Her name is Nita. Nita is a neuropsychologist.
Probably like me you have no idea what a neuropsychologist does or how they can help you in managing your illness. So I thought I’d write a post which explains how Nita works and how she has helped me in our first four appointments.
Nita works as part of the ME service provided by my local mental health trust, in a discipline known as physical health psychology. She deals not only with patients suffering with ME, but also people with other conditions such as strokes, cancer or acquired brain injuries.
Amongst other things her work involves looking at the troubling thoughts and feelings that often come with physical illnesses, and helping people to develop more helpful and compassionate ways of thinking and behaving that can aid recovery.
Nita also helps patients to find meaning and purpose in their illness, as well as grieving the losses that inevitably come with it, and on creating a new sense of self which integrates the changes that the illness has brought. Another way in which she offers support is to help patients accept and live with pain.
So, what did we do in our sessions?
I must admit that before the first session I was feeling a mixture of excitement, apprehension, and anxiety. I wasn’t sure whether I was up to travelling for three quarters of an hour each way to the appointment, and then sitting and talking quite intensely for a further hour. I was really concerned about the effect this would have on my energy levels, and if it would cause me to crash.
On the other hand I was just grateful to have someone to talk to who had experience in dealing with this illness. To be honest, as helpful as my GP had tried to be, ME is such a rare illness that I felt she knew very little about it. Worse still, my psychiatrist had even suggested that it was all in my head, and that if I just stopped thinking about it I would get better.
Anyway, back to our time together.
In the first session, we spent time reviewing my experiences and symptoms, talking about what I expected from the sessions and more generally from life itself, and then trying to set some goals for the time we were to spend together. Initially we agreed on six sessions, with an option to extend this if needed.
In many ways Nita acted as a counsellor, listening attentively to my experiences and helping me to make sense of them. She was not directive, but instead helped me to navigate my own way through this illness, providing gentle nudges from time to time when her experience was helpful. I would say that I talked for 70% of the time, Nita for 30%.
Nita then spent some time explaining to me the different therapeutic approaches that she would use in trying to help me. She suggested that an approach known as Acceptance and Commitment Therapy, ACT, would really be appropriate for our work together. You can find plenty of information about ACT on the Internet.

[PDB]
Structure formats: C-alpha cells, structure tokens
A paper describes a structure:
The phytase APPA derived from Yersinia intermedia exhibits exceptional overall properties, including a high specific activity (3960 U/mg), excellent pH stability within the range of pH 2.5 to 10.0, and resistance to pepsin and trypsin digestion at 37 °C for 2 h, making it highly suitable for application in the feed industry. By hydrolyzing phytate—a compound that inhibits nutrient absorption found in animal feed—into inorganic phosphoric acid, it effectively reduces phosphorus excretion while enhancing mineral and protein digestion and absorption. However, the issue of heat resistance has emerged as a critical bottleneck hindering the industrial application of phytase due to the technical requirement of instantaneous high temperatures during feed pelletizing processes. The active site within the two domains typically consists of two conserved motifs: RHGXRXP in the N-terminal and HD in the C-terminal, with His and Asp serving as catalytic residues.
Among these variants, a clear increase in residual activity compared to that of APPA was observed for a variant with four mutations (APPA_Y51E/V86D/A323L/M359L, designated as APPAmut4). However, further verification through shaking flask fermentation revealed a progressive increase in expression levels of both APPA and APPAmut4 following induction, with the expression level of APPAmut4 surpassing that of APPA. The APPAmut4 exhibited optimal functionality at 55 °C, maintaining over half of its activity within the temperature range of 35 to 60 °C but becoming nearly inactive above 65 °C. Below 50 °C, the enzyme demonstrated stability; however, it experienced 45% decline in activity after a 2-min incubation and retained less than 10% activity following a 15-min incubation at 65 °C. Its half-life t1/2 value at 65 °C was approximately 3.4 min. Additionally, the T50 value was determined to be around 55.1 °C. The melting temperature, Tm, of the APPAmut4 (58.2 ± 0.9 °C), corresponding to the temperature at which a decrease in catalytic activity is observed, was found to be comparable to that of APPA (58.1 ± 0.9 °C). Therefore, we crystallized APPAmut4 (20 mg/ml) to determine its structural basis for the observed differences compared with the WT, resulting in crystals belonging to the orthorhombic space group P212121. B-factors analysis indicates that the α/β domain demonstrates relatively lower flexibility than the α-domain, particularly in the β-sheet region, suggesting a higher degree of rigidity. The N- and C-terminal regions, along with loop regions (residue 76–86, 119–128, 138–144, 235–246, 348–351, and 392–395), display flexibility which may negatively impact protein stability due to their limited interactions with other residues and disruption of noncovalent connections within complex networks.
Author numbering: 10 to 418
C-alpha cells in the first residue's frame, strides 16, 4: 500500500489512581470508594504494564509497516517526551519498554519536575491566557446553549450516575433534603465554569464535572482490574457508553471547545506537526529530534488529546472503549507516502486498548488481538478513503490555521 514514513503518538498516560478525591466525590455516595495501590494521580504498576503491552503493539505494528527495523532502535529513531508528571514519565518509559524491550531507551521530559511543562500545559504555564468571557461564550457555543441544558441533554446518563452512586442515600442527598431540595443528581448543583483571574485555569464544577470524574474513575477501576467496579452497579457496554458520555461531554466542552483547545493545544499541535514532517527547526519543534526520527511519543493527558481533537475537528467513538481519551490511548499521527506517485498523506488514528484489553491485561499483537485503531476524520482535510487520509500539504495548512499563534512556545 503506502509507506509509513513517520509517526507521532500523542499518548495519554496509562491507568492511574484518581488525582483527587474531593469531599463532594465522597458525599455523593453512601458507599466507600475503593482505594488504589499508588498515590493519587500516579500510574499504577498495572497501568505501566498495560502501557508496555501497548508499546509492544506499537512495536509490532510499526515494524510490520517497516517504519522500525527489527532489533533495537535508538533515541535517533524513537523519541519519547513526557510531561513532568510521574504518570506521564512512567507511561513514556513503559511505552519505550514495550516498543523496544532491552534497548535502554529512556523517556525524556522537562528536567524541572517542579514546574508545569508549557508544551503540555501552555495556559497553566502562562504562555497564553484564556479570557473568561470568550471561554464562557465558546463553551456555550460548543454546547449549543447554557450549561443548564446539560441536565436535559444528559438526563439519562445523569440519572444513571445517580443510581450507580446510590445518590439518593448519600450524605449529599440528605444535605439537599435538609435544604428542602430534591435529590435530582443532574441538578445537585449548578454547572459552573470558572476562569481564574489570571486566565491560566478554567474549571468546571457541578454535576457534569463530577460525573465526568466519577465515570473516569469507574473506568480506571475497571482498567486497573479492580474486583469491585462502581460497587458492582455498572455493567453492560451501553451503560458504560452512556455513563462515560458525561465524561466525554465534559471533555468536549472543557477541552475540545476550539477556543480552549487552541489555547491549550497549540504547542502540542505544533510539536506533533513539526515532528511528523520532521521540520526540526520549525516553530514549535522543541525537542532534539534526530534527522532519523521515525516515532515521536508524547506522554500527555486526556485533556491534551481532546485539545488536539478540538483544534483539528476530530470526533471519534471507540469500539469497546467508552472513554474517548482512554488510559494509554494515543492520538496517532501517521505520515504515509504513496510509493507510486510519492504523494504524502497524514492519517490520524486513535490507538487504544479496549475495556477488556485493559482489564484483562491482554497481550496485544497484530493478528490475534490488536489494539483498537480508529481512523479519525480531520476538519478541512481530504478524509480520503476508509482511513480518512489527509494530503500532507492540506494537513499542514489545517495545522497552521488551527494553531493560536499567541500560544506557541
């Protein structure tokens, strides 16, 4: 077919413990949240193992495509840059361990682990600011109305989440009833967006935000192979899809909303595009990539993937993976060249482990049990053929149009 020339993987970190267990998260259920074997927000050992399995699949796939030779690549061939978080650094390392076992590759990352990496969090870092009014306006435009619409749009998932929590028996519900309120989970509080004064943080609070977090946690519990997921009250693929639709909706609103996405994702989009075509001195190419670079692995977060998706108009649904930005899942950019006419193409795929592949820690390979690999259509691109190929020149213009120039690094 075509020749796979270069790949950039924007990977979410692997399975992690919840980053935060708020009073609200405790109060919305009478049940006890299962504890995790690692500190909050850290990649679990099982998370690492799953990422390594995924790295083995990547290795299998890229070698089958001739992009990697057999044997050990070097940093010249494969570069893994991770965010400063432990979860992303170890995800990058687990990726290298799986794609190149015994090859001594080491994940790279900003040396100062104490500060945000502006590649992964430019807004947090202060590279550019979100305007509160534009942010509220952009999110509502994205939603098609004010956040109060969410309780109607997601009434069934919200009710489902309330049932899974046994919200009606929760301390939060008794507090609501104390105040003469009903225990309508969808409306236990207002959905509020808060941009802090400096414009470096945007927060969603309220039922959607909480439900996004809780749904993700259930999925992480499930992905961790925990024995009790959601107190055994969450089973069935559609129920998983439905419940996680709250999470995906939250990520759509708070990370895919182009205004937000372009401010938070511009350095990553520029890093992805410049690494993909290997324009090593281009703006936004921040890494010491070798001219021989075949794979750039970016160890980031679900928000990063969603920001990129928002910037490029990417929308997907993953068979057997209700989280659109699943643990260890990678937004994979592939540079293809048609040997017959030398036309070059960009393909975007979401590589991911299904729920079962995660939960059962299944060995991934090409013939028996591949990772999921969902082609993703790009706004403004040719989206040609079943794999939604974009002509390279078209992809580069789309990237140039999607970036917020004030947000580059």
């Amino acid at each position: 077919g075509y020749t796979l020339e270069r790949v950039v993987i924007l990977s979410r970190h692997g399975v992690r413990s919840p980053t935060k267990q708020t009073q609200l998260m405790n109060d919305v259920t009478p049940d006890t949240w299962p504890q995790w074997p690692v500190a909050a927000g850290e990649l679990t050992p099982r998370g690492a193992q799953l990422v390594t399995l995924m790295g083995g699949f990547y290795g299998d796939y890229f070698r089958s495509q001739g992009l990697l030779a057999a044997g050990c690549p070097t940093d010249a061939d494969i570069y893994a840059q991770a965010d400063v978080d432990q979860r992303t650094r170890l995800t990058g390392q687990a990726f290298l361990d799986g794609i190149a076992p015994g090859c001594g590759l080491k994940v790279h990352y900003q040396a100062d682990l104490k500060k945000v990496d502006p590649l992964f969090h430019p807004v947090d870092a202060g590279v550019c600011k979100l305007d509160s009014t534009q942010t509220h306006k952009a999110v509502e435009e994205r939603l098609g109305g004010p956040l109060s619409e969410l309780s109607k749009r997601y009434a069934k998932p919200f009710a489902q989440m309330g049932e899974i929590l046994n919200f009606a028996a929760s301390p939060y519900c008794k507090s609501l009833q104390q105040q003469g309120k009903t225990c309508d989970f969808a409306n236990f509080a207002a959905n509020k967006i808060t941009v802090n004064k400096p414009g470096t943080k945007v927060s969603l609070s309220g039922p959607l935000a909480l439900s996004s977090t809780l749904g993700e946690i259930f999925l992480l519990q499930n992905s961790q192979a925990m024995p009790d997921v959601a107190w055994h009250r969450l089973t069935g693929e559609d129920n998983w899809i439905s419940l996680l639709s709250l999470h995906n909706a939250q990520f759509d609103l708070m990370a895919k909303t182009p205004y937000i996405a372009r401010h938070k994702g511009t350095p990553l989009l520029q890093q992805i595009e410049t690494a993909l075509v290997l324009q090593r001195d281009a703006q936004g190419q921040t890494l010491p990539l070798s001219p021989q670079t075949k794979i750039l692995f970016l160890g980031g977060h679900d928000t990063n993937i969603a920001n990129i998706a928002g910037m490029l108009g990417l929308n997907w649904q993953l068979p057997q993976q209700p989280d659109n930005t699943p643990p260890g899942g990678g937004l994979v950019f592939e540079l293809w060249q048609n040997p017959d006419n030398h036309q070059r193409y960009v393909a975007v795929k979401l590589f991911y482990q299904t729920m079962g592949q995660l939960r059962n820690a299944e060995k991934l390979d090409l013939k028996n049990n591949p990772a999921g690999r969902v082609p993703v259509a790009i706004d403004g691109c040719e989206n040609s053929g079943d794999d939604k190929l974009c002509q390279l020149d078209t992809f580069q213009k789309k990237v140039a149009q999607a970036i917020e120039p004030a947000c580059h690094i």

Since then we’ve covered a lot of ground.
We meet every two weeks to give sufficient time between appointments to integrate what has been learnt.
We looked at what I value in life, how my illness has affected these things, and what I could do to try to compensate for this. This has helped me to develop a new routine for the week, which has added some structure to my otherwise empty days.
Each week we have identified one or two changes that I can make, put these into practice, then reviewed the following week how things went. This has led me to try some new activities, ranging from going out in a wheelchair for the first time to reliving my childhood through building with Lego.
We explored pain and how best to deal with this, looking at when it is appropriate to consult a doctor, when I need to just accept the pain, and how to know the difference between the two. We also looked at energy management and pacing.
And we talked about my relationships, how the illness had affected these, and how to improve these going forward.
Yet I feel that the most important part of our meeting together has been the opportunity to share my thoughts and feelings for the hour we are together with someone who seems to really listen and understand.
Nita has really helped me to unravel some of the knots that living with ME has created in me, and I really believe that this is helping me live better in spite of this illness.
Needless to say I’ve had to make some adjustments to enable me to do this work.
I need to rest totally in the afternoon and evening following our appointment, and I’m usually pretty wiped out on the following day too.
I use a wheelchair to move from the hospital reception to our meeting room. As the appointment is an half hour drive from my home, I’ve also had to develop a rota of friends who can give me a lift to and from the hospital.
But all this has been more than worth it. Nita is helping me to recreate a new life living with ME, something which six months ago I would never have thought possible or have the motivation to explore.
If you get the chance to work with a neuropsychologist, I’d recommend it wholeheartedly.